Twenty Poets, Four Gigs and a Fistful of Poems!

What a month. I’ve guested with some fantastic poetic talent at four different gigs in front of really engaged audiences (you know who you are!)

Shuffle Feb 14

First up, Jill Abram curated the February Shuffle at the Poetry Cafe in Covent Garden and rustled up a gang of six very diverse poets –  (l. to r . Matt Bryden, Mehmet Izbudak, Malika Booker, Michael Scott, Claire Booker and Rachel Smith).  The evening spun brightly around Jill’s warmth, words and way with the mic.

Then I had the pleasure of featuring at the Torriano Meeting House under the able baton of Lisa Kelly. OLYMPUS DIGITAL CAMERA This time I was in a threesome with Alan Price and Louise Warren, whoOLYMPUS DIGITAL CAMERA read new work and also poems from their latest collections – respectively: ‘Outfoxing Hyenas’ – published by Indigo Dreams, and ‘A Child’s Last Picture Book of the Zoo’ – published by Cinnamon.  Lisa Kelly’s ‘Bloodhound’ (Hearing Eye) is well worth a read too.

‘There may be blood, there will be poetry’ – so The Poetry Society Blurb promised.  Yes, Colchester Stanza Group tried to terrify us with tales of daring do by Essex girl Boudicca over poor old Londinium. But Original Poets stood firm and there was no vini, vidi vici about it.

Stanza Bonanza ColchesterColchester wielded some excellent poetry from Simon Banks, Dave Canning, Candyce Lang, Rosie Sandler and Alex Toms, while Original poets, marching under their leader, Andy Hickmott, gave as good as they got, thanks to fine work by Nicole Carrel, Mark Fiddes, Tessa Lang, Claire Booker and Tom Vaughan.

And finally, at Beyond Words this week, I showcased 15 minutes of my poetry along side the wry humour of headline poet Peter Phillips, who introduced us to the loves of his life – wine, poetry and Oscar the dog.

OLYMPUS DIGITAL CAMERABeyond Words offers poetry, prose and sometimes even music and meets on the first Tuesday of each month at The Gipsy Hill Tavern, a mere 1 minute walk from Gipsy Hill overground station (20 mins from London Bridge). Hosts Angela Brodie and Caroline Vero create a vibrant, fun and very welcoming atmosphere: www.beyondwordspoetrylondon.co.uk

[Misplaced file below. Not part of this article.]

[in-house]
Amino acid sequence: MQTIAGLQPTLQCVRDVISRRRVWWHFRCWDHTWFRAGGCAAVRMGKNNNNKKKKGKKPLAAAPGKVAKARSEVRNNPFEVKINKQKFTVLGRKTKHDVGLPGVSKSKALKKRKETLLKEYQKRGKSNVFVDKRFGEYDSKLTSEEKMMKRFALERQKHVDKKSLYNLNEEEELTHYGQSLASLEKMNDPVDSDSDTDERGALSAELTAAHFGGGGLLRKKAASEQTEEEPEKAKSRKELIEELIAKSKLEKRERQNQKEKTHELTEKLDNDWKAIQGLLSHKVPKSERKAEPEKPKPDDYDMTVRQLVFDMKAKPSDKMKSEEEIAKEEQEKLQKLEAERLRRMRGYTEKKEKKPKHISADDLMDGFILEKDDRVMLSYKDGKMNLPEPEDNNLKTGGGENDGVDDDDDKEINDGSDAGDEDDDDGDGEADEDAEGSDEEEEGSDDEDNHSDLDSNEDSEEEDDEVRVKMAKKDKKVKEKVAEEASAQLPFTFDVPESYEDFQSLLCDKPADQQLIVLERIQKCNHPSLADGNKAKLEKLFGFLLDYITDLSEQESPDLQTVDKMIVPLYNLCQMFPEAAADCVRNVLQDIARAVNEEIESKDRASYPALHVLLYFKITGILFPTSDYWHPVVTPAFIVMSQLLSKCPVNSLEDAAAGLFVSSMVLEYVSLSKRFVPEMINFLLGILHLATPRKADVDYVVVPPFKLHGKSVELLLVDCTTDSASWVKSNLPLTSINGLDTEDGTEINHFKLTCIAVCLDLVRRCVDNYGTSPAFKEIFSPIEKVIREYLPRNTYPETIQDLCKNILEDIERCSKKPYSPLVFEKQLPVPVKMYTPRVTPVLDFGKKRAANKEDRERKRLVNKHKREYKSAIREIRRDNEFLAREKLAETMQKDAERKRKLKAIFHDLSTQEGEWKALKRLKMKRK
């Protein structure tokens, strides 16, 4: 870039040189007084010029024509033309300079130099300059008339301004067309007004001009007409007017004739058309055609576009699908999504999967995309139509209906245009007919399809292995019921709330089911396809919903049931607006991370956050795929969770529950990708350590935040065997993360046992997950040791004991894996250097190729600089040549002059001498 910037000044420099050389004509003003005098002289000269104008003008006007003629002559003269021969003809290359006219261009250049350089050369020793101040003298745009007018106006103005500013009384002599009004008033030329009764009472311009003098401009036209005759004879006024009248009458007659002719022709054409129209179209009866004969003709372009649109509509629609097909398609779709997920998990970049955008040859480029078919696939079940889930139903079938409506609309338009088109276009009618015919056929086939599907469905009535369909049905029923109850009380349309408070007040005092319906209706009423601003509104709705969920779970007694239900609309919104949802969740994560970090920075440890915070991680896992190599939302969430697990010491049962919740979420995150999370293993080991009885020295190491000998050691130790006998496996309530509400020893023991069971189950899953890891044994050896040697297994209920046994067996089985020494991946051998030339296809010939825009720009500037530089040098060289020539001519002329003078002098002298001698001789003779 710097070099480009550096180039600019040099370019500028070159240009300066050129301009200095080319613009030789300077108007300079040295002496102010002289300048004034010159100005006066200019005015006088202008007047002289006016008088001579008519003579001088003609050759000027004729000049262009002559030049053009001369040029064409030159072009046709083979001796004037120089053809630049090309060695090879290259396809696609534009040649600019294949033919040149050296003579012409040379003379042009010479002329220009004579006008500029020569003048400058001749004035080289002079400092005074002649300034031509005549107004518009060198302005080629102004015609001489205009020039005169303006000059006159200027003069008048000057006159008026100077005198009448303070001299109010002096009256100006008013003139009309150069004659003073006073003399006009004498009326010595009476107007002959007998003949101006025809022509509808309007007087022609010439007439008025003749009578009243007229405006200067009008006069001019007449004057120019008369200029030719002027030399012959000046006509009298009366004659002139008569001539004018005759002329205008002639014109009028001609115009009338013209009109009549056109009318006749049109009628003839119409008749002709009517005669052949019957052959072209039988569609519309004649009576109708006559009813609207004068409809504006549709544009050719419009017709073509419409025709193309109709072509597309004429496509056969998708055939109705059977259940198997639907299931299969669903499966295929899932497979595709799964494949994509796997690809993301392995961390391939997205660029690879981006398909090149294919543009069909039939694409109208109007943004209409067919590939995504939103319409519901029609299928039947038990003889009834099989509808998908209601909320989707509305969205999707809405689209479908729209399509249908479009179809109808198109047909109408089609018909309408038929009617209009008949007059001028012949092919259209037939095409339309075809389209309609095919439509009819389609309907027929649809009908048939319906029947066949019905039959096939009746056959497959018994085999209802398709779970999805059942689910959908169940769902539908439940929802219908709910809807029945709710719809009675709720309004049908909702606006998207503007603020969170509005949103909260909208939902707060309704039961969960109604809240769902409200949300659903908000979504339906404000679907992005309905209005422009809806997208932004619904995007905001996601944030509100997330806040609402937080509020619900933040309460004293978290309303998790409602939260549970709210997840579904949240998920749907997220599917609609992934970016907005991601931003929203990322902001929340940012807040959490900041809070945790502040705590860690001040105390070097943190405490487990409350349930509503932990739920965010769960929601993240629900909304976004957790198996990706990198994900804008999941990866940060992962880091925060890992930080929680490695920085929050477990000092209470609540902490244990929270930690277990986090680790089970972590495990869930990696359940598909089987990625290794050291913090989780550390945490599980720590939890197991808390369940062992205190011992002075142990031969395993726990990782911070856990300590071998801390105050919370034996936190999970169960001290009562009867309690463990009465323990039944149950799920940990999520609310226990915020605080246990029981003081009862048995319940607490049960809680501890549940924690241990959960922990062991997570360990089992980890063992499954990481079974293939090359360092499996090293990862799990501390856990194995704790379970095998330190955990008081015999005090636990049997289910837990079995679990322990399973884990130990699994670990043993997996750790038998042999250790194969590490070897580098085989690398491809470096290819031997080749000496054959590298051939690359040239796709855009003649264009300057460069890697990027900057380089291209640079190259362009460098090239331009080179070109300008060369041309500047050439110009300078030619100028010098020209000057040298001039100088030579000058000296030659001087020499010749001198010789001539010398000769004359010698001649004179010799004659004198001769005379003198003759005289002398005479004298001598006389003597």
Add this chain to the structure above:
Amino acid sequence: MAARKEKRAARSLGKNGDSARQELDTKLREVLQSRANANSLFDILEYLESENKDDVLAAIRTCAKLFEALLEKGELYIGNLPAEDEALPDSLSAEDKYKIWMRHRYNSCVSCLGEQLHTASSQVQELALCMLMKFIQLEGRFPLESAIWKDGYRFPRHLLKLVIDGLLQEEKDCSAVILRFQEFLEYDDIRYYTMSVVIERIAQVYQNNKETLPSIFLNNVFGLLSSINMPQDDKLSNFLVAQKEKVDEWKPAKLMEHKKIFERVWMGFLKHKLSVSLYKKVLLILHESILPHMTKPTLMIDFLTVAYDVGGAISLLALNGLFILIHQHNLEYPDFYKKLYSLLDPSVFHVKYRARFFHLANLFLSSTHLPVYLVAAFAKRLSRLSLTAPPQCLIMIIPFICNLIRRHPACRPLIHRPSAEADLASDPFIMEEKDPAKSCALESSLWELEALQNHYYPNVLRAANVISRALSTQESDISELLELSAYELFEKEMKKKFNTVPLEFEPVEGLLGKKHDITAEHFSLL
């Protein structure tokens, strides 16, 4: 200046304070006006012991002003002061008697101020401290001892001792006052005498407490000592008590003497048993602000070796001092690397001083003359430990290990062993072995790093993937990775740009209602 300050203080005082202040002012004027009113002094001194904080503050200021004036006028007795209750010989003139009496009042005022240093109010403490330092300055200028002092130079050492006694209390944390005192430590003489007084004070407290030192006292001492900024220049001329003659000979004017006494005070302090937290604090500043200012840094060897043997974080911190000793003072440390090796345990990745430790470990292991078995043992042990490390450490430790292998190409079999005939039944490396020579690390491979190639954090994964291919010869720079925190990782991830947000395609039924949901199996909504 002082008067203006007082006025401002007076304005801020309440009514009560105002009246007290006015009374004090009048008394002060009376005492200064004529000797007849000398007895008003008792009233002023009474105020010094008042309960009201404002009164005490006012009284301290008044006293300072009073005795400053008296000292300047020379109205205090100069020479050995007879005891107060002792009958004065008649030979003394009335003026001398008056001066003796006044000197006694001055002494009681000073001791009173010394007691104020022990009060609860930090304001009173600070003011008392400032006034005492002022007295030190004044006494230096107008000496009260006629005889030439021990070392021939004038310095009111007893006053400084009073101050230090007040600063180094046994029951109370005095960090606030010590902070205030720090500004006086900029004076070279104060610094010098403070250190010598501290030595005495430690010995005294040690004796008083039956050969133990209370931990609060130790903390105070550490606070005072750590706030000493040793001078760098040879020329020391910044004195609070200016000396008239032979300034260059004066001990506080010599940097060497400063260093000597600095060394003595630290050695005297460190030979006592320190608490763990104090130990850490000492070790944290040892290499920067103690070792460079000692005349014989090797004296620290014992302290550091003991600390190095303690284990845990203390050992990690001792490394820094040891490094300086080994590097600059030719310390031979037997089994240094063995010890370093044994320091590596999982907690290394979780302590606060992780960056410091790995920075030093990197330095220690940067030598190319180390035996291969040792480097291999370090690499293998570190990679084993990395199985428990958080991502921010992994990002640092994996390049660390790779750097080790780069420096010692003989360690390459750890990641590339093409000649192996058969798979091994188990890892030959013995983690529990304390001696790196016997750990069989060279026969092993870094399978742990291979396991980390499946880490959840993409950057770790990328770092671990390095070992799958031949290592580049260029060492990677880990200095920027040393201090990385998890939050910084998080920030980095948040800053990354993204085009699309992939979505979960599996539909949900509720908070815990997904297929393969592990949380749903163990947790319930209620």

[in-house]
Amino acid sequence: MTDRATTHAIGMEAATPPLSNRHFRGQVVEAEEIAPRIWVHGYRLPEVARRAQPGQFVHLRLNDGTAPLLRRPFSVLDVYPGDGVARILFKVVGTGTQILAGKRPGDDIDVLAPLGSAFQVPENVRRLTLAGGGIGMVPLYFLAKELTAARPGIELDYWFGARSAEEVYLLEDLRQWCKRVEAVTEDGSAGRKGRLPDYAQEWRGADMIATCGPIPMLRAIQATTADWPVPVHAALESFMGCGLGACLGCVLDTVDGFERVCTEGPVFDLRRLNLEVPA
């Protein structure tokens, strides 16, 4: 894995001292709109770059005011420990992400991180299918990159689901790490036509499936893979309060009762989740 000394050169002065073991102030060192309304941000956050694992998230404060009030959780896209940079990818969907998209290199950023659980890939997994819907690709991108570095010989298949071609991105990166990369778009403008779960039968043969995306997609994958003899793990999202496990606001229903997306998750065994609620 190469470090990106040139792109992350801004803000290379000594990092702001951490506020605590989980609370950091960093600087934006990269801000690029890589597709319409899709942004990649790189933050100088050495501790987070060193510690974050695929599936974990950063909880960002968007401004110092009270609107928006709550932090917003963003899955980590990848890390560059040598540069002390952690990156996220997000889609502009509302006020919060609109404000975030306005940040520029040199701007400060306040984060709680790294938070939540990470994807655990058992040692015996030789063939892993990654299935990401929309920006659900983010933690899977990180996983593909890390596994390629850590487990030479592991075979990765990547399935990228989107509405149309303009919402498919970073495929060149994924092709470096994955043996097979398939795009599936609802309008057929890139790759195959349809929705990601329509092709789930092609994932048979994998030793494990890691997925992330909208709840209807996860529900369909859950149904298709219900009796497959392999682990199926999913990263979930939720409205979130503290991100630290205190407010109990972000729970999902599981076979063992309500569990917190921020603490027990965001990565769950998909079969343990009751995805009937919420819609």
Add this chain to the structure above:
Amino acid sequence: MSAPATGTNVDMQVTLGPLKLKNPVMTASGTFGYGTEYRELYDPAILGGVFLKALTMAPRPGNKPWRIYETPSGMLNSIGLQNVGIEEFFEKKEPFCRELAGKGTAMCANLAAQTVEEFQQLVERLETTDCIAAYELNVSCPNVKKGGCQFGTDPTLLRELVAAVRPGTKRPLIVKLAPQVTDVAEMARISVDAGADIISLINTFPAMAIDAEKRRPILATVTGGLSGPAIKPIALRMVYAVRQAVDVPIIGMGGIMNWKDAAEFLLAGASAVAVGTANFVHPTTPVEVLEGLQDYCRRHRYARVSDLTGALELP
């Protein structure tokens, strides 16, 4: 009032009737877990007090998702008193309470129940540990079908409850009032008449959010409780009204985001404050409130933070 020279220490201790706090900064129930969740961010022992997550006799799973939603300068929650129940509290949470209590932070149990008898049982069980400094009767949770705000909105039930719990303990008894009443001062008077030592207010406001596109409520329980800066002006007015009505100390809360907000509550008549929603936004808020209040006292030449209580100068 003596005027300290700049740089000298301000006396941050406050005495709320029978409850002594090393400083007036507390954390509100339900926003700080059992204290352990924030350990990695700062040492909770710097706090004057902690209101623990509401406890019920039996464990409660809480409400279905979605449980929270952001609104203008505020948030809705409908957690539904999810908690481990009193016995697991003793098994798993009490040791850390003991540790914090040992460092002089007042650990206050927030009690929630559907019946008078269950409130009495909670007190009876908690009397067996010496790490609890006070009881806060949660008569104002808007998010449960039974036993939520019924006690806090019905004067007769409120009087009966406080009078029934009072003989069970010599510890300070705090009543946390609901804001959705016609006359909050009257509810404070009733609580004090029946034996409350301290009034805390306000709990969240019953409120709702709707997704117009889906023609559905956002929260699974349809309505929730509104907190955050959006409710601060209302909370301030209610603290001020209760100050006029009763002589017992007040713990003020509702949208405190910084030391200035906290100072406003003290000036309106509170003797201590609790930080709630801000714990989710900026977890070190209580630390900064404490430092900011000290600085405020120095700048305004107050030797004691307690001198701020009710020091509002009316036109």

The Torriano Meeting House offers a cornucopia of poetry every Sunday of the year, as well as poetry workshops, Story Night, and Folk events through the year. It’s an easy walk from Kentish Town tube: www.torrianomeetinghouse.wordpress.com

Shuffle, Feb 14 audienceThe Poetry Society is one of Britain’s most dynamic Arts association and provides members with a range of valuable services. It runs The Poetry Place, Covent Garden, where you can enjoy poetry almost every night, including the monthly Shuffle, and occasional Stanza Bonanzas. To find out more go to: www.poetrysociety.org.uk

 

Changes to English GCSE slammed by a sonnet!

It’s a mad world. Government changes to the English GCSE syllabus mean pupils will no longer study poems written after 1980. That’s a veto on the last 34 years’ poetic output, including most poems written by our current Poet Laureate!

Morning StarMy sonnet ‘Of Words and Trees’ is a response to this, and was written at a time when the Government was also considering weakening planning laws which protect ancient woodland. The poem was published in The Morning Star’s ‘Well Versed’ section last Thursday. To read it in full, click on: http://www.morningstaronline.co.uk/a-e9a5-Claire-Booker-Of-Trees-and-Words#.UxnT1PnV9Bo

‘Well Versed’ is edited by Jody Porter. If you have a poem you would like to see published in The Morning Star, you can e-mail him at wveditor@gmail.com 

Hat-trick of poems in The Frogmore Papers

Frogmore PapersThe Frogmore Papers are out – along with the daffodils and precocious tulips! Contributors include Ross Cogan, Sasha Dugdale, Claire Booker, Eoghan Walls, Wendy Klein and Andrew Pidoux.

Three of my poems appear in this latest issue:  ‘Impossible Lover’ (about a love affair I had with a seal off the isle of Lundy); ‘A Voyage Round Alan Bennett’ (a poem about the emotional impact of marginalia); and ‘Red Hair’ in which a young woman meets her biological father.

Poetry collections reviewed in The Frogmore Papers (issue 83) include ‘Vanishing Point by Clare Crossman (Shoestring Press) and ‘Hannah, are you listening?’ by Hamish Whyte (HappenStance). There are also a series of delightful black and white drawings by Clare Johnson at: www.clarejohnson.com The cover design is by Carol Lewis who lives in Hythe, Kent.

For more information or to buy a copy of issue 83 please check: www.frogmorepress.co.uk